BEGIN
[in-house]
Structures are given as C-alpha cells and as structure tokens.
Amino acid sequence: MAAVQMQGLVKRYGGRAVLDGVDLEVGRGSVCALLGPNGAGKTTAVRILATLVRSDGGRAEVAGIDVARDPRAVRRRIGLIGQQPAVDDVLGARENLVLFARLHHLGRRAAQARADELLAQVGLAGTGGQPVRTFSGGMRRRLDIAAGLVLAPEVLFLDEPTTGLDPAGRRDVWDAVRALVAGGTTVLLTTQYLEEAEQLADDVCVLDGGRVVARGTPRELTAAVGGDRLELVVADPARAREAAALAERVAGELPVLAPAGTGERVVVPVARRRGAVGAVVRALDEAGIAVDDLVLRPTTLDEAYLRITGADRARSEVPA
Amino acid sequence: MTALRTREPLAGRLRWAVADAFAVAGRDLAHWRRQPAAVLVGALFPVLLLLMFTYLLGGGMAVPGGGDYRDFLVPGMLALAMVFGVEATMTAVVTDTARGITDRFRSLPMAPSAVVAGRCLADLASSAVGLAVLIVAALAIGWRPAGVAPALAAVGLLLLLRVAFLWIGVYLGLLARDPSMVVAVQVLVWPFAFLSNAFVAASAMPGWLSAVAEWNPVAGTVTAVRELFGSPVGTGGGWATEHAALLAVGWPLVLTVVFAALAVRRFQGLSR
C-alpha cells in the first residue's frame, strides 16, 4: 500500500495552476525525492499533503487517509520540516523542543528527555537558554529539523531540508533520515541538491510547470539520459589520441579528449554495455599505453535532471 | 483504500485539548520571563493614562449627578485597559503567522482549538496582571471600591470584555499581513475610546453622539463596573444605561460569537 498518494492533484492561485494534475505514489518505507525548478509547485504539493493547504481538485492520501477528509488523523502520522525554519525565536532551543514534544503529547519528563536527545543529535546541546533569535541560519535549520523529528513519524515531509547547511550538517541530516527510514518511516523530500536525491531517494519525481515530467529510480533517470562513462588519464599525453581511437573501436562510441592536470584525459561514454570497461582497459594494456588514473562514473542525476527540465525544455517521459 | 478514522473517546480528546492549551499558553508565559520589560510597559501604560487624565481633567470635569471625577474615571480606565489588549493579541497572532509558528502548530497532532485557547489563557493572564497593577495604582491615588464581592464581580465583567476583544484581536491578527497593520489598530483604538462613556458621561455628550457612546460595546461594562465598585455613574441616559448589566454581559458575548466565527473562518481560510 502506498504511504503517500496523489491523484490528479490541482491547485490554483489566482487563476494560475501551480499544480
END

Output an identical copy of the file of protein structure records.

[in-house]
Structures are given as C-alpha cells and as structure tokens.
Amino acid sequence: MAAVQMQGLVKRYGGRAVLDGVDLEVGRGSVCALLGPNGAGKTTAVRILATLVRSDGGRAEVAGIDVARDPRAVRRRIGLIGQQPAVDDVLGARENLVLFARLHHLGRRAAQARADELLAQVGLAGTGGQPVRTFSGGMRRRLDIAAGLVLAPEVLFLDEPTTGLDPAGRRDVWDAVRALVAGGTTVLLTTQYLEEAEQLADDVCVLDGGRVVARGTPRELTAAVGGDRLELVVADPARAREAAALAERVAGELPVLAPAGTGERVVVPVARRRGAVGAVVRALDEAGIAVDDLVLRPTTLDEAYLRITGADRARSEVPA
Amino acid sequence: MTALRTREPLAGRLRWAVADAFAVAGRDLAHWRRQPAAVLVGALFPVLLLLMFTYLLGGGMAVPGGGDYRDFLVPGMLALAMVFGVEATMTAVVTDTARGITDRFRSLPMAPSAVVAGRCLADLASSAVGLAVLIVAALAIGWRPAGVAPALAAVGLLLLLRVAFLWIGVYLGLLARDPSMVVAVQVLVWPFAFLSNAFVAASAMPGWLSAVAEWNPVAGTVTAVRELFGSPVGTGGGWATEHAALLAVGWPLVLTVVFAALAVRRFQGLSR
C-alpha cells in the first residue's frame, strides 16, 4: 500500500495552476525525492499533503487517509520540516523542543528527555537558554529539523531540508533520515541538491510547470539520459589520441579528449554495455599505453535532471 | 483504500485539548520571563493614562449627578485597559503567522482549538496582571471600591470584555499581513475610546453622539463596573444605561460569537 498518494492533484492561485494534475505514489518505507525548478509547485504539493493547504481538485492520501477528509488523523502520522525554519525565536532551543514534544503529547519528563536527545543529535546541546533569535541560519535549520523529528513519524515531509547547511550538517541530516527510514518511516523530500536525491531517494519525481515530467529510480533517470562513462588519464599525453581511437573501436562510441592536470584525459561514454570497461582497459594494456588514473562514473542525476527540465525544455517521459 | 478514522473517546480528546492549551499558553508565559520589560510597559501604560487624565481633567470635569471625577474615571480606565489588549493579541497572532509558528502548530497532532485557547489563557493572564497593577495604582491615588464581592464581580465583567476583544484581536491578527497593520489598530483604538462613556458621561455628550457612546460595546461594562465598585455613574441616559448589566454581559458575548466565527473562518481560510 502506498504511504503517500496523489491523484490528479490541482491547485490554483489566482487563476494560475501551480499544480